Live-in care is a popular choice of care, and yet many people still don’t know a lot about it. Here we look at five surprising facts about live-in care to help you understand a bit more about it.
Live-in care is a popular form of care, and yet, many people still don’t know a lot about it. This could be for many reasons, including assumptions that it is too expensive, or perhaps not realising the many benefits that it has for those receiving it. These following five facts about live-in care will most definitely surprise you, and likely make you think twice about your future care options:
People Who Have Live-In Care Are Less Likely To Have A Hip Fracture
The Live-In Care Hub published staggering research results in their handy ‘Better At Home’ report, which showed that people who have home care are less likely to fall than those in residential care. This led to a decrease in the risk of having a hip fracture, one of the most common injuries amongst the elderly and frail. Hip fractures are extremely painful, they may require surgery to heal properly, and if the person is already mostly immobile, that healing process can take a very long time. Live-in care reduces the chance of an awful incident like that occuring in the first place.
People Receiving Live-in Care Have Higher Levels Of Happiness
The same Live-In Care Hub report revealed that the benefits of home care extend beyond the physical, so much so that it showed people receiving live-in care have higher levels of happiness. Simple things like home-cooked meals, independence and maintaining a sense of freedom all contributed to a higher level of happiness.
Live-In Care Saves The NHS Money & Resources
You might not realise that the benefits of having home care extend beyond the person receiving the care. When a person falls, which they are more likely to do in a care home than at home, they are prone to becoming weaker and are more likely to fall again. This is a huge issue with an ever-increasing ageing population, which in financial terms is bad news for the NHS. Currently bed-blocking occurs in hospitals where they cannot effectively move a person back into care because they will either fall again, or there isn’t a suitable place for them to receive care. With live-in care, patients are able to move from the hospital bed into their home and receive the individual care they need.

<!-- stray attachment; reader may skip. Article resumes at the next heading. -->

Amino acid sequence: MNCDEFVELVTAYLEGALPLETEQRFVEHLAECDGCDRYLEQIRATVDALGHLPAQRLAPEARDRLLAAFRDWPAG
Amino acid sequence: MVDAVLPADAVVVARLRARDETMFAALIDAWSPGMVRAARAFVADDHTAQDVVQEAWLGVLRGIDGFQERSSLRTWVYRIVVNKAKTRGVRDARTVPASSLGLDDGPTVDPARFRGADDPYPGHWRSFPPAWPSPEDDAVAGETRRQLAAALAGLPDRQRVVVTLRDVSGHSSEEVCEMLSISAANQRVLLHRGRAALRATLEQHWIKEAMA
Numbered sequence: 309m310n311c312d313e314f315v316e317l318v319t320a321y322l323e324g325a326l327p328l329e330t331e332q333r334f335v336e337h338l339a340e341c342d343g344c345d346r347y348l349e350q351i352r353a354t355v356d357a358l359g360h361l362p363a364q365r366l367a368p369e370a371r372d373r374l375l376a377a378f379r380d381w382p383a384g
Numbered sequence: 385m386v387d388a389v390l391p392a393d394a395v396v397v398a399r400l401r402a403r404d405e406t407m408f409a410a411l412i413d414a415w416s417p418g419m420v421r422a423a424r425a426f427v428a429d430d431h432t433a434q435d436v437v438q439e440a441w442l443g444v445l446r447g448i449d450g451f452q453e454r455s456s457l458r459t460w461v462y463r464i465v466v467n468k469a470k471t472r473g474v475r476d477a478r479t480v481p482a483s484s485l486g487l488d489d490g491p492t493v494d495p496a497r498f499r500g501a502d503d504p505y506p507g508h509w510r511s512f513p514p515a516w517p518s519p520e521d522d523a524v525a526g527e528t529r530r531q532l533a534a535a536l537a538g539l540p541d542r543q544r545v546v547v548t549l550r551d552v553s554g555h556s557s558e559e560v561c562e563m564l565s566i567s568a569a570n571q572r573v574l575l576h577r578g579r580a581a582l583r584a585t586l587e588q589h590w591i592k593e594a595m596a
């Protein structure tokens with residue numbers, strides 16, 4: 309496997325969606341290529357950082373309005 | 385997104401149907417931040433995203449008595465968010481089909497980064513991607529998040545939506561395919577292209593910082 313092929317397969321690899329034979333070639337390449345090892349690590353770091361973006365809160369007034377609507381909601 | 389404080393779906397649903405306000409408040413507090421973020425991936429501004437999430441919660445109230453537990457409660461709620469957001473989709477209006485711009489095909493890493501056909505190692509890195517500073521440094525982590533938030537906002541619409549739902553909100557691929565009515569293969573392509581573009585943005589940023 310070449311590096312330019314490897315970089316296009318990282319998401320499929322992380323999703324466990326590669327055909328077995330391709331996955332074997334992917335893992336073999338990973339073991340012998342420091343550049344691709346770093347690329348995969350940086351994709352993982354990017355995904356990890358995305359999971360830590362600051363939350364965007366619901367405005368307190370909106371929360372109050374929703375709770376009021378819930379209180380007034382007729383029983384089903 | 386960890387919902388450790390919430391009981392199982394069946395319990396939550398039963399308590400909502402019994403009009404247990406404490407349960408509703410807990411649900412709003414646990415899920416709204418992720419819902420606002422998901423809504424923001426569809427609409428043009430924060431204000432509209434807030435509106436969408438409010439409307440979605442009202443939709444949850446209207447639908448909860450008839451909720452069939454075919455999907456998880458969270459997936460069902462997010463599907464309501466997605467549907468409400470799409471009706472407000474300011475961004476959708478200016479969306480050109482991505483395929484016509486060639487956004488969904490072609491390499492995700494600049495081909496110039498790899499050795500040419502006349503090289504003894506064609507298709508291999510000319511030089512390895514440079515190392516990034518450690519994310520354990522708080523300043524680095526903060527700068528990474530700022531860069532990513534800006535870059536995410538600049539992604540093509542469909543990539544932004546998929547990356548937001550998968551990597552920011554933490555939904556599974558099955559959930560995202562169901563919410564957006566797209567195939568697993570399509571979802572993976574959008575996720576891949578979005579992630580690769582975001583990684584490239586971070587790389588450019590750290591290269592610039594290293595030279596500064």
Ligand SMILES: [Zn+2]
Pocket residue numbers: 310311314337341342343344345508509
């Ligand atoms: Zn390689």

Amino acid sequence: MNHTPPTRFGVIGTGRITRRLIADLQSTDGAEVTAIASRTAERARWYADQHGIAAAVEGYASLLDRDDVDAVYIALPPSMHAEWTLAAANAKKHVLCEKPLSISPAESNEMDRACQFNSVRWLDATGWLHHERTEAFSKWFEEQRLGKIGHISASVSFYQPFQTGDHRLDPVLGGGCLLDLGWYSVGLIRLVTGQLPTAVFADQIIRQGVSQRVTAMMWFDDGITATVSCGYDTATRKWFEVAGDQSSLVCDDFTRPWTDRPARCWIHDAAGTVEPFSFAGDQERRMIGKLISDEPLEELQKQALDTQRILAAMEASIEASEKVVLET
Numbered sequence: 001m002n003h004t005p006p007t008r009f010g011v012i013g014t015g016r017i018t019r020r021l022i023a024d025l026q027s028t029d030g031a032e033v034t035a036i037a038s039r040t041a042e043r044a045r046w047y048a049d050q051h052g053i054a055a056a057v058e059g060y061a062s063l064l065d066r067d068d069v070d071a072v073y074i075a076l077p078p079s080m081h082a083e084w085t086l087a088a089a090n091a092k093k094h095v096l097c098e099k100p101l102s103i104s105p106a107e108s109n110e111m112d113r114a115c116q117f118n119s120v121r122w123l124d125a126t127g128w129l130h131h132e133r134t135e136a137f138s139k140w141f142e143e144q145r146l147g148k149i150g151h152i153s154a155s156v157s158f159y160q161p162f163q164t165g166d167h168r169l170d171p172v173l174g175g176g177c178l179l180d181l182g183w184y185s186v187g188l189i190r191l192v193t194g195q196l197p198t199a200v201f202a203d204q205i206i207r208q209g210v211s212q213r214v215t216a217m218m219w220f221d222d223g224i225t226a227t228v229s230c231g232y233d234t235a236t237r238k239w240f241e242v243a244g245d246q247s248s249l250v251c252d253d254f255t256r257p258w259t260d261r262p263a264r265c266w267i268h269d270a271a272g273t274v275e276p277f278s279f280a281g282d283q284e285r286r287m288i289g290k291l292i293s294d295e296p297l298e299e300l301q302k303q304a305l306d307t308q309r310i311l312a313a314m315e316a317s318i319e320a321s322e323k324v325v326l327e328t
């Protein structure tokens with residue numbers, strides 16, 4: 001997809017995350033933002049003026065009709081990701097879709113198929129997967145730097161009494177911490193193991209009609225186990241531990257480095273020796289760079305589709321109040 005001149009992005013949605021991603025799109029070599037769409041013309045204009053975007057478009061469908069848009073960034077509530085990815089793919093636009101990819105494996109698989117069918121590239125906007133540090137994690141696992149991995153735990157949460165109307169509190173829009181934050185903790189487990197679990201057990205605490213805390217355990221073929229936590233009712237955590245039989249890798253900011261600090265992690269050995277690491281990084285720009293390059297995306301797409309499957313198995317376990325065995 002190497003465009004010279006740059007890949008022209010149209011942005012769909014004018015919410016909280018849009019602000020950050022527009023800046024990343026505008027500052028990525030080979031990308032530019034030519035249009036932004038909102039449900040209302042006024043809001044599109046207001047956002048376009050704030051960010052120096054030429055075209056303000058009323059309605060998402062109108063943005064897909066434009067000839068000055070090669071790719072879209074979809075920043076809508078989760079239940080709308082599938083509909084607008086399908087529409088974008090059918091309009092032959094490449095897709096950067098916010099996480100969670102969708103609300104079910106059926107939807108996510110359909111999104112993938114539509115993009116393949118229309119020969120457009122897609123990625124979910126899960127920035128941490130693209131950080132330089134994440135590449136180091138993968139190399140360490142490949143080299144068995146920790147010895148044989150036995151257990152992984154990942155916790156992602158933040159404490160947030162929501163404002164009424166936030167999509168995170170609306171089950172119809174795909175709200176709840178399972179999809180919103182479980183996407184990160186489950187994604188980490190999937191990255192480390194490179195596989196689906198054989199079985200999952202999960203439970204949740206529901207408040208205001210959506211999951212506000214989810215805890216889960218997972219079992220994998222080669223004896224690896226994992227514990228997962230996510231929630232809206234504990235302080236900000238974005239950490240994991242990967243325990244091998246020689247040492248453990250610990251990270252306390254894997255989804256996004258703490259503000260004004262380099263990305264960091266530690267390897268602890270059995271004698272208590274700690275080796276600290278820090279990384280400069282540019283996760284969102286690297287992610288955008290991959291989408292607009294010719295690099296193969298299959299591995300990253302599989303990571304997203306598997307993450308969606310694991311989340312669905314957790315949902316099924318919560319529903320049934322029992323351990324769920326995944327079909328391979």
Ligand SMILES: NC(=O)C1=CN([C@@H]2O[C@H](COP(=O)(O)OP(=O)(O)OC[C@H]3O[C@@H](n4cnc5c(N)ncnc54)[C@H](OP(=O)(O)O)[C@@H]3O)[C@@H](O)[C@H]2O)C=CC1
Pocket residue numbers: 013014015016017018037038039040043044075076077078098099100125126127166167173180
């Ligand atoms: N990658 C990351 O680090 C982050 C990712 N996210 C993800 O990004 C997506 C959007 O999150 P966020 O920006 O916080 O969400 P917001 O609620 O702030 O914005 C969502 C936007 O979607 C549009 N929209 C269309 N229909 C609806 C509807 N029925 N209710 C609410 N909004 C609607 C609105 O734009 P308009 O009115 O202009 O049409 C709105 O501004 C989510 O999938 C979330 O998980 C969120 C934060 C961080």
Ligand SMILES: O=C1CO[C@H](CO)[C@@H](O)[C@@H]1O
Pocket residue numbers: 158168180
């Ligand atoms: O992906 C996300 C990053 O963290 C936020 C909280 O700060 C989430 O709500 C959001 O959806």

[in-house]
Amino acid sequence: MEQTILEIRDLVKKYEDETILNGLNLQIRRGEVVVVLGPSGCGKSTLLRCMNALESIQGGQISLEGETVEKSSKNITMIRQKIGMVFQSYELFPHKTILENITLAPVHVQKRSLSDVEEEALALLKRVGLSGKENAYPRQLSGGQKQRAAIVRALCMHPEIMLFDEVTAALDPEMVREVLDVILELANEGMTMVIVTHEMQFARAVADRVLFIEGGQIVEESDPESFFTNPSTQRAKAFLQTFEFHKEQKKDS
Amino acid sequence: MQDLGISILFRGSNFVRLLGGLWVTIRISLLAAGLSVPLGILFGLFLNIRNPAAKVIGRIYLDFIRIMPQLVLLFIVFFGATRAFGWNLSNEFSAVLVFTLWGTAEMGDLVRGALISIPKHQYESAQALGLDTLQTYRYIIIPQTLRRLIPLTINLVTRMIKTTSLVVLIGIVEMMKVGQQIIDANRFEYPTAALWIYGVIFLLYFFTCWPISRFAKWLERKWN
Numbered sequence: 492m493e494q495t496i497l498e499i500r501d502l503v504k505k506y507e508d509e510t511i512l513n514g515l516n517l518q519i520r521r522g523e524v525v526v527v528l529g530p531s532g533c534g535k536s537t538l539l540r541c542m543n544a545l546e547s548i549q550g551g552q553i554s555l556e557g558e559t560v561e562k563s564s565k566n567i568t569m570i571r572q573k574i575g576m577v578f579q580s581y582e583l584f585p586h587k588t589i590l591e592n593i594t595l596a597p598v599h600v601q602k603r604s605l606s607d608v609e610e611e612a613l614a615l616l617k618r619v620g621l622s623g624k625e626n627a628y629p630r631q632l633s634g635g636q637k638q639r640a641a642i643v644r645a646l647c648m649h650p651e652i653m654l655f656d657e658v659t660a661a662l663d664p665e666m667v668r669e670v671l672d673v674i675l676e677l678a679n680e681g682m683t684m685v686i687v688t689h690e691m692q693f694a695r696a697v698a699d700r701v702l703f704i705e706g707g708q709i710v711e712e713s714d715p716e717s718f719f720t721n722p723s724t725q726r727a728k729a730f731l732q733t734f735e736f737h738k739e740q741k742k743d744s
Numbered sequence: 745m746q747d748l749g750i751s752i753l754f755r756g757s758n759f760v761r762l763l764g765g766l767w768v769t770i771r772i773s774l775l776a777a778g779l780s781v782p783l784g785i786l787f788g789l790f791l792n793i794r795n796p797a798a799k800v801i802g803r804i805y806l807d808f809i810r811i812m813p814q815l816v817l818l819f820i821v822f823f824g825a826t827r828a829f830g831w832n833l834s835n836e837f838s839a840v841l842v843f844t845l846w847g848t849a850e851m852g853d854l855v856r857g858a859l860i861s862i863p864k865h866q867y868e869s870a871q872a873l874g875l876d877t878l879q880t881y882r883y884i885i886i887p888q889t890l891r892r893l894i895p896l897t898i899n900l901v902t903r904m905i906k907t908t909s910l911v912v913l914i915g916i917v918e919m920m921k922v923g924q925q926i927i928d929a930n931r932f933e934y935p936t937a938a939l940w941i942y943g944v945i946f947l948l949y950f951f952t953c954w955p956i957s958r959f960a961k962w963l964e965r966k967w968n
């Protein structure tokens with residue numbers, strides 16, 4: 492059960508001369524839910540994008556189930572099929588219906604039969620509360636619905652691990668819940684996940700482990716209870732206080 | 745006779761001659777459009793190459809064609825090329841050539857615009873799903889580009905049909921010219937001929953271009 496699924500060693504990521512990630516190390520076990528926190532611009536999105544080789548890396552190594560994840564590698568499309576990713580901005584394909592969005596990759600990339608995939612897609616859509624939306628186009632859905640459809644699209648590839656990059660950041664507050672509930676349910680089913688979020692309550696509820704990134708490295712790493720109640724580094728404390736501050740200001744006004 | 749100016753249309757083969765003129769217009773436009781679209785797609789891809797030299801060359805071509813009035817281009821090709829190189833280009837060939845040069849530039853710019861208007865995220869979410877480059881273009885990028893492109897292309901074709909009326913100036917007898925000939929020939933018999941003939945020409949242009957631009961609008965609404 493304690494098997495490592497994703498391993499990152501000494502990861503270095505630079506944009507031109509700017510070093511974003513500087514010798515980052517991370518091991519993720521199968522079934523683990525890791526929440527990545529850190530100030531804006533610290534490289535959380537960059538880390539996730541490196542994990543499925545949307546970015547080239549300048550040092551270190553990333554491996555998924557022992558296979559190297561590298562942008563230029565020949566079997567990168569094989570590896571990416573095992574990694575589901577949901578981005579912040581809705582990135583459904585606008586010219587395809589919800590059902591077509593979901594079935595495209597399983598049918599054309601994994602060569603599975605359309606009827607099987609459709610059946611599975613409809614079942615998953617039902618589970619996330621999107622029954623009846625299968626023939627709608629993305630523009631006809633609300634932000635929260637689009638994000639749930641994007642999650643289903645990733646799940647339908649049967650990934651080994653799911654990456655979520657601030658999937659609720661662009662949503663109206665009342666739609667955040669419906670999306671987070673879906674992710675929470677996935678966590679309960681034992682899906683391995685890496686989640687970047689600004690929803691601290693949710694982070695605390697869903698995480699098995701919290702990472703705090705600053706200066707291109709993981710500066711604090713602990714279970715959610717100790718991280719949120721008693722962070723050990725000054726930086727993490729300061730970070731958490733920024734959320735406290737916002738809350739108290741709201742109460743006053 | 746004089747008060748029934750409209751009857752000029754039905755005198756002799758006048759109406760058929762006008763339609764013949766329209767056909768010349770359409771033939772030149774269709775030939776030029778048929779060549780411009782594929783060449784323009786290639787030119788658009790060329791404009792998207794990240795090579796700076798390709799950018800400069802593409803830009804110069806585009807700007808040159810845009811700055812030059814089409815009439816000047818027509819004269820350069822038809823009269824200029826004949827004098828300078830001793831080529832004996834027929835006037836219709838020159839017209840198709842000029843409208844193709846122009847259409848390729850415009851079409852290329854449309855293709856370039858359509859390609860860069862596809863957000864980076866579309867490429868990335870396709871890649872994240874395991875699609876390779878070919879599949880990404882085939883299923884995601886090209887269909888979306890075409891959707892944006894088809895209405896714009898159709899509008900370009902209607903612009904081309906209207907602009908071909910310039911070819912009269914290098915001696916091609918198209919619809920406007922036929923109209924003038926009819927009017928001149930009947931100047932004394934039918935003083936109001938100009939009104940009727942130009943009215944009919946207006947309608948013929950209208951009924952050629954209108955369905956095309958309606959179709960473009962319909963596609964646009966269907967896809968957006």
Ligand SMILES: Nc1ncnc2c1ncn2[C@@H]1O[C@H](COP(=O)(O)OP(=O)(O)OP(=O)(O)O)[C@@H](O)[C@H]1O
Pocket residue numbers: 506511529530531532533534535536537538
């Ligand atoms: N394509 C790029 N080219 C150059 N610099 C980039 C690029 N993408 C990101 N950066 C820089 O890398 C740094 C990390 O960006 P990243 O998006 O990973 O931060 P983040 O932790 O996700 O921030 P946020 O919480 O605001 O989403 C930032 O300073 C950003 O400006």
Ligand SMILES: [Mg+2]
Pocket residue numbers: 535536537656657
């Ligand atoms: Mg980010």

Pets Mean More Than You Think
One surprising benefit of having homecare is the huge benefit of getting to stay with a beloved pet. This isn’t something many people think of when they think of the consequences of moving into residential care, but it is one of the most distressing consequences. In the No Place Like Home report released by the Live In Care Hub, it was found that 20% of elderly people would refuse to go into care without their pet. Sadly, most residential care homes don’t allow pets, which is why over 2 million people in the UK know an elderly person who has had to have their pet put to sleep because they needed to move into care. Can you imagine how emotionally traumatic and distressing that is for somebody to go through? Live-in care means the pet is able to continue living with their owner, and the owner doesn’t have to go through the trauma of rehoming, or worst putting down their pet.
Live-In Care Is Not As Expensive As You Might Think
Compared to residential care, live-in care is not as expensive as you might think and is certainly comparable. Fees are of course very much influenced by the level of care needed, so a person needing 24/7 care will incur higher fees compared to somebody needing minimal care. However, the costs are comparable to that of a care home, particularly when you’re looking at the care of a couple in their own home. Live-in care also provides a much higher level of value, because there is so much dedicated, one to one care.
Hopefully you are feeling pleasantly surprised by these live-in care facts. When it comes to care, it is so important to look at all of the options available, and with 97 percent of people preferring to receive home care when becoming frail or unwell, live-in care is certainly an excellent option.